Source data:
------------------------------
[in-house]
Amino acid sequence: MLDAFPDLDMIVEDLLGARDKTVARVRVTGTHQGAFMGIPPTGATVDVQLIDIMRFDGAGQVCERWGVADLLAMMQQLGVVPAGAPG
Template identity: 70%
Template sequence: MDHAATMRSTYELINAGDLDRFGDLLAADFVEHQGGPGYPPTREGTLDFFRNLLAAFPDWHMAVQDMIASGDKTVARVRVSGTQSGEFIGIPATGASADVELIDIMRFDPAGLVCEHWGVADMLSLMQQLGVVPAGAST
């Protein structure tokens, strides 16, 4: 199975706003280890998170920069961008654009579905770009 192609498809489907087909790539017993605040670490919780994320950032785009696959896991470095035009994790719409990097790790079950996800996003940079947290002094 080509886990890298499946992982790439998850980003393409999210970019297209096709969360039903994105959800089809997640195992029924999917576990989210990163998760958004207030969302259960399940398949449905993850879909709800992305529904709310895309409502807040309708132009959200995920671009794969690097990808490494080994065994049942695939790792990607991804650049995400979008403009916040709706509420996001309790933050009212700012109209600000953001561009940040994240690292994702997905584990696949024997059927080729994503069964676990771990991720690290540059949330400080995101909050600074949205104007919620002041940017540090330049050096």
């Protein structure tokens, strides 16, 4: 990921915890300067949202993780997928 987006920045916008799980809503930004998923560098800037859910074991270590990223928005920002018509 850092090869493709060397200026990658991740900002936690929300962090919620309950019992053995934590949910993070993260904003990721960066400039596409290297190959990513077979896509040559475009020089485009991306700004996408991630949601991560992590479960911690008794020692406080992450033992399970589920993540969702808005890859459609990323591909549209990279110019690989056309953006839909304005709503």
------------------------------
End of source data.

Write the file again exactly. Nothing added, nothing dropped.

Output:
[in-house]
Amino acid sequence: MLDAFPDLDMIVEDLLGARDKTVARVRVTGTHQGAFMGIPPTGATVDVQLIDIMRFDGAGQVCERWGVADLLAMMQQLGVVPAGAPG
Template identity: 70%
Template sequence: MDHAATMRSTYELINAGDLDRFGDLLAADFVEHQGGPGYPPTREGTLDFFRNLLAAFPDWHMAVQDMIASGDKTVARVRVSGTQSGEFIGIPATGASADVELIDIMRFDPAGLVCEHWGVADMLSLMQQLGVVPAGAST
């Protein structure tokens, strides 16, 4: 199975706003280890998170920069961008654009579905770009 192609498809489907087909790539017993605040670490919780994320950032785009696959896991470095035009994790719409990097790790079950996800996003940079947290002094 080509886990890298499946992982790439998850980003393409999210970019297209096709969360039903994105959800089809997640195992029924999917576990989210990163998760958004207030969302259960399940398949449905993850879909709800992305529904709310895309409502807040309708132009959200995920671009794969690097990808490494080994065994049942695939790792990607991804650049995400979008403009916040709706509420996001309790933050009212700012109209600000953001561009940040994240690292994702997905584990696949024997059927080729994503069964676990771990991720690290540059949330400080995101909050600074949205104007919620002041940017540090330049050096």
């Protein structure tokens, strides 16, 4: 990921915890300067949202993780997928 987006920045916008799980809503930004998923560098800037859910074991270590990223928005920002018509 850092090869493709060397200026990658991740900002936690929300962090919620309950019992053995934590949910993070993260904003990721960066400039596409290297190959990513077979896509040559475009020089485009991306700004996408991630949601991560992590479960911690008794020692406080992450033992399970589920993540969702808005890859459609990323591909549209990279110019690989056309953006839909304005709503």